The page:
Corporate Accountability International is running their annual Corporate Hall of Shame with candidates like TransCanada, Monsanto, McDonald's among their list of 10 global offenders. The "winner" will become the target of mobilized grassroots action, like last year's inductee Koch Industries which led to the removal of climate change-denier David Koch from the board of Boston PBS affiliate WGBH -- the producer of national programming like Frontline and NOVA.
It's hard to pick just one but cast your vote and take a stand against corporate abuse.
They don't show a tally of votes but apparently, there's no clear cut winner yet so you can help push your cause to the top. From financial, health, environmental, media, democratic and other harms, their list of the worst of the worst will likely cover it. And if not, you can add your own suggestion.
Sandy is part of The Corporation's grassroots team and has been working on the film's outreach efforts since 2003.|
I’m really looking forward to seeing our friend Harold Crooks’ new film - The Price We Pay - which is coming to VIFF. The documentary offers a 90-minute look at corporate tax avoidance through the creation of offshore havens, and how many tech giants of the “cloud” economy seem to be eroding the very foundation of democracy.
It’s also up for an Impact Award, another initiative by our pals at Agentic Digital Media and Story Money Impact (Read about the Impact Awards below).
Harold co-wrote The Corporation’s narration and I’m excited to see him tackle such an important social justice topic as tax havens. Harold was also on the street in NYC during Occupy, and knows first-hand how strongly current the issue of economic justice is.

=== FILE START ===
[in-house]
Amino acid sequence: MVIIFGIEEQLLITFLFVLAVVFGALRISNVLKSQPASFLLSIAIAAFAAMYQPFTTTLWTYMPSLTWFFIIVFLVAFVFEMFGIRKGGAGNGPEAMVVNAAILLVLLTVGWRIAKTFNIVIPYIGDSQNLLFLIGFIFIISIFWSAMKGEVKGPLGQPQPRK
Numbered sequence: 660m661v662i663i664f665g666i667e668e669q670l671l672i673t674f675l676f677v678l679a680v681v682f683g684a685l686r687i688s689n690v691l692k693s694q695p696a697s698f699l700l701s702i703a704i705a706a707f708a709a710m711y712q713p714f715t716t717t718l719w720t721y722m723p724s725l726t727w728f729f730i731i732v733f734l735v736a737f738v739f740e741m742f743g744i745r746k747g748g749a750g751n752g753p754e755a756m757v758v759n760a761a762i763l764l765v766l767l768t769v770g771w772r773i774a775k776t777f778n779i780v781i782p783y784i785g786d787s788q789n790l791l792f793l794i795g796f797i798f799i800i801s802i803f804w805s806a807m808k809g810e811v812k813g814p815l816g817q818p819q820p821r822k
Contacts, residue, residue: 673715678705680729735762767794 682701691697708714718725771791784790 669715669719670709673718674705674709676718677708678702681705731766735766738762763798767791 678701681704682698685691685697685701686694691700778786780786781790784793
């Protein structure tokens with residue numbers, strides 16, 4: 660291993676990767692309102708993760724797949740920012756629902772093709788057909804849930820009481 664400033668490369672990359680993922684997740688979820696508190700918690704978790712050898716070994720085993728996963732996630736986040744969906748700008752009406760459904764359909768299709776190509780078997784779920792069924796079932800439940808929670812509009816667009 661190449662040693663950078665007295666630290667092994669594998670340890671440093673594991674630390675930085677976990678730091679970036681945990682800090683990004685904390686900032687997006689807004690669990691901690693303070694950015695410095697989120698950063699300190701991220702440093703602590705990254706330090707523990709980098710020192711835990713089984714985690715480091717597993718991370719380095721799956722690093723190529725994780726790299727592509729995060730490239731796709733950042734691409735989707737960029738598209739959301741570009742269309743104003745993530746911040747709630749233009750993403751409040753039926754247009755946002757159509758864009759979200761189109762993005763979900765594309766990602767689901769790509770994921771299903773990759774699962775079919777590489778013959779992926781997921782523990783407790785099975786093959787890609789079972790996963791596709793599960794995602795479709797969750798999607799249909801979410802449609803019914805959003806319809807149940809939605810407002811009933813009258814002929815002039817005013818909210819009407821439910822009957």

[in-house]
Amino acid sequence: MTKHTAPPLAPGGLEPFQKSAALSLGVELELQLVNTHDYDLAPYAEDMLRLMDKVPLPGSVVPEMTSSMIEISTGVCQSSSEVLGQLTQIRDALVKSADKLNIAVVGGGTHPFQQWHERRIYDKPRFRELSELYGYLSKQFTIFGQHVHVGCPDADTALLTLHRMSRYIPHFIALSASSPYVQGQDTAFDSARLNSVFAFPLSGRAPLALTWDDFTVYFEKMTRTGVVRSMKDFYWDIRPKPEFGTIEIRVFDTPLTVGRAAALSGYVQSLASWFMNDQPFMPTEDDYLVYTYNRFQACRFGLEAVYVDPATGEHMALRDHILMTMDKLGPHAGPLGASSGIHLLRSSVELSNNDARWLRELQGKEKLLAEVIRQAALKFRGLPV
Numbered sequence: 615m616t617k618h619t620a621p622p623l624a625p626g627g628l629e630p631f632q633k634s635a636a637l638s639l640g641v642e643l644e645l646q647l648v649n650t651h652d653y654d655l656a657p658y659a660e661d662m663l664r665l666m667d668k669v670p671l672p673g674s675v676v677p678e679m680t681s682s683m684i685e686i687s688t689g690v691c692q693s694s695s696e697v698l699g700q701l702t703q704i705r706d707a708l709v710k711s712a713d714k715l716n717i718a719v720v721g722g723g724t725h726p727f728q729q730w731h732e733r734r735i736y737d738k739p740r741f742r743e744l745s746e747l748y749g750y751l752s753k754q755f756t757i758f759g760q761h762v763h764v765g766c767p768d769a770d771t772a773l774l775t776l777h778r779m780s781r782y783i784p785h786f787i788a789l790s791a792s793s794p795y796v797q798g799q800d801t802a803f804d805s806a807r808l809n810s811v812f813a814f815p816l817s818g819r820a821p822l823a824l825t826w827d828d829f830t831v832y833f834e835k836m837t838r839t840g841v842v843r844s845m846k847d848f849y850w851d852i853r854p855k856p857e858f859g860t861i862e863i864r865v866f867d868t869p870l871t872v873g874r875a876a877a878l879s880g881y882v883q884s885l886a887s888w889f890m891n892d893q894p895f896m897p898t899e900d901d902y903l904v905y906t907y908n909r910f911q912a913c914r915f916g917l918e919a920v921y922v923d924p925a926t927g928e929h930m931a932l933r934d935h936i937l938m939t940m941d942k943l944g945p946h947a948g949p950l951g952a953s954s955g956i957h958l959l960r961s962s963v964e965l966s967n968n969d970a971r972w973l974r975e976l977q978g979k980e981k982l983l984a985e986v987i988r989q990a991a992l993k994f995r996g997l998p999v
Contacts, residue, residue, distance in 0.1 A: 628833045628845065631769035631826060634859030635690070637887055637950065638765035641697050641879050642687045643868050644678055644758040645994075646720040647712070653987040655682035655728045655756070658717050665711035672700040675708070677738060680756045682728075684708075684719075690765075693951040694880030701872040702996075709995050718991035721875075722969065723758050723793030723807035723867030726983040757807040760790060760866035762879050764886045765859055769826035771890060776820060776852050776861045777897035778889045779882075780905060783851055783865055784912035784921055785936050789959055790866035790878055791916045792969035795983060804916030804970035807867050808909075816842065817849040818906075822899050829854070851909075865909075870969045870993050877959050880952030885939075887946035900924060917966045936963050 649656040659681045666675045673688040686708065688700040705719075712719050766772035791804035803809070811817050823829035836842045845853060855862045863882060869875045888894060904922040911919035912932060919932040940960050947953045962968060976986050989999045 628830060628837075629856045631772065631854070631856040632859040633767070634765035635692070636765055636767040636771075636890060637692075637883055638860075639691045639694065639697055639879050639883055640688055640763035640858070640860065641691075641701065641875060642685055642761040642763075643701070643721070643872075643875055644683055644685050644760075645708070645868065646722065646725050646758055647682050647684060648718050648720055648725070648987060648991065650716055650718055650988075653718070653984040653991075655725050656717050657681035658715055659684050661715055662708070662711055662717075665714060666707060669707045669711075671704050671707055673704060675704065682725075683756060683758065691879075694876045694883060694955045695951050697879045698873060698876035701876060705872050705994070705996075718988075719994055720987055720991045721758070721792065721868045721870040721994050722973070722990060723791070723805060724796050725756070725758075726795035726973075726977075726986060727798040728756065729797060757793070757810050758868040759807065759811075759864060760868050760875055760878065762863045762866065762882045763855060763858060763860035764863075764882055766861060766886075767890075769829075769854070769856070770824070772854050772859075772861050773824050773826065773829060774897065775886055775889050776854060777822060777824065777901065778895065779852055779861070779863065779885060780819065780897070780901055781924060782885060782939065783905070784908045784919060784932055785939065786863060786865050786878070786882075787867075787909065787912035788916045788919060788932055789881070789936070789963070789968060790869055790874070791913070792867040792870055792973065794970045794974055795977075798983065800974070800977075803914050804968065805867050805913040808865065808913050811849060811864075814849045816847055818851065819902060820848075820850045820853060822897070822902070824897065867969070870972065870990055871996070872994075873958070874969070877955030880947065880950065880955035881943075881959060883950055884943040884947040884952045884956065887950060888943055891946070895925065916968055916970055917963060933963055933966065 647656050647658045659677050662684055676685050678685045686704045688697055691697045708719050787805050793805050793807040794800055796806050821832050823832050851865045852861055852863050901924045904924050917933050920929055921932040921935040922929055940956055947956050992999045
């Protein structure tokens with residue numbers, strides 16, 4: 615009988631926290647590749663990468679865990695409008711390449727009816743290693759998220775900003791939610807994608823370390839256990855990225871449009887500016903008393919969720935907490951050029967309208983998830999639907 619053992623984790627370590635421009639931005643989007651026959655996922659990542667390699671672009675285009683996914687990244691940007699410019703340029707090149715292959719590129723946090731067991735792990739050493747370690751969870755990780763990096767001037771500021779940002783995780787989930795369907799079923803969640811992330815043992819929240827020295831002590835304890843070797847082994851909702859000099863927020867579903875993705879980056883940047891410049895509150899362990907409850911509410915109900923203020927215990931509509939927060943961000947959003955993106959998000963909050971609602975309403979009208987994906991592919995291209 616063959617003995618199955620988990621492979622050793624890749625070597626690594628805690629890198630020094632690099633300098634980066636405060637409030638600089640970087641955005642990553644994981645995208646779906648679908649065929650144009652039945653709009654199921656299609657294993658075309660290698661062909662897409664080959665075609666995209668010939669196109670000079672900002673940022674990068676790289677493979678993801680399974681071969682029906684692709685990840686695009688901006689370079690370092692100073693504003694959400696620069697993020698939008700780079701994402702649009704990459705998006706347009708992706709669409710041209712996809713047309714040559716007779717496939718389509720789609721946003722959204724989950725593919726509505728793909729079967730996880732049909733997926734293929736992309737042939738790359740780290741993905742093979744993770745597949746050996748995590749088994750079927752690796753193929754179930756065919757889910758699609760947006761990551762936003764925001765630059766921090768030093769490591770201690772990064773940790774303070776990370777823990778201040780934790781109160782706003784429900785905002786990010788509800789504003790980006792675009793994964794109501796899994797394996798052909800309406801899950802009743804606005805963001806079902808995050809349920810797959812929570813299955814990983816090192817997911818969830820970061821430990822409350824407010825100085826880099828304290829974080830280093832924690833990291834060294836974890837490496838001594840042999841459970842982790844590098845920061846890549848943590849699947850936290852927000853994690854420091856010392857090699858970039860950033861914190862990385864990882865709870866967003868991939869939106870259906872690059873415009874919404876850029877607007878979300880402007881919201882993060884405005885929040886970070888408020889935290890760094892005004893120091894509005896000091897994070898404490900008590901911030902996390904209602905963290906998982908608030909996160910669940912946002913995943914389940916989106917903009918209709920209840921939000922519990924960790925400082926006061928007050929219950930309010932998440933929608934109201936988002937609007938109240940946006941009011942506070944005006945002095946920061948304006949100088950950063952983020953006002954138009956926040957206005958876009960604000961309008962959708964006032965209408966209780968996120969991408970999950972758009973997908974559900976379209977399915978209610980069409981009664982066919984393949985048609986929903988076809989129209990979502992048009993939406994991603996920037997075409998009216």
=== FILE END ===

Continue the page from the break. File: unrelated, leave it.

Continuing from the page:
So far “The Price We Pay” has garnered big praise at its TIFF premiere with film critic Jason Gorber pronouncing it:
The Corporation filmmaker Mark Achbar agrees:
“If you've ever wondered why our social and cultural programs are starved for funds, why health care is being rationed, and why, as a society, we're becoming ever more miserly, here's a plausible explanation: The scale of tax evasion by the world's wealthy and the world's wealthiest corporations is simply staggering. Harold Crooks shows us the mechanisms and far-reaching consequences of this phenomenon in his fascinating new film, The Price We Pay. Entirely watchable. Essential viewing.”
Among the tax justice activists featured in the film are familiar names such as John Christensen, Nick Shaxson, James Henry, Alain Deneault and Krishen Mehta, as well as Robin Hood Tax activist Dr. William Barclay of the Chicago Political Economy Group, former French banker Daniel Lebègue of Transparency International, as well as National Nurses United, the largest union and professional association of registered nurses in America.
Recently quoted in Reel Screen, here’s some of what Harold had to say about the film:
“I had to keep my eye on so many issues: whether U.S. Congress or the British parliament, the new French president or Ireland would deal with the rising public pressure over these issues, over tax havens, about corporate tax avoidance – and wondering if there was going to be some legislation or some big breakthrough in the change of international tax rules that would date the film.”
“What happened was really quite the opposite. We couldn’t have predicted that at the very moment the film came out, that tax inversions would be front page – Burger King and Tim Hortons and Apple – so the timing of it turned out to be a stroke of great fortune for our film.”
The Price We Pay is produced by Nathalie Barton and InformAction Films with the collaboration of Ici Radio-Canada and Filmoption International.
Check the film out on Facebook
Get your VIFF tickets!
Oct 04 01:00 pm
International Village #9
Oct 05 08:45 pm
International Village #9
Katherine Dodds AKA "Kat" is the founder of HelloCoolWorld.com, the grassroots team behind The Corporation, and is featured in a "Grassroots Marketing" segment on The Corporation DVD set. She is dedicated to harnessing the power of the film to rein in corporate abuse through the development of the Campaign 4 Corporate Harm Reduction. |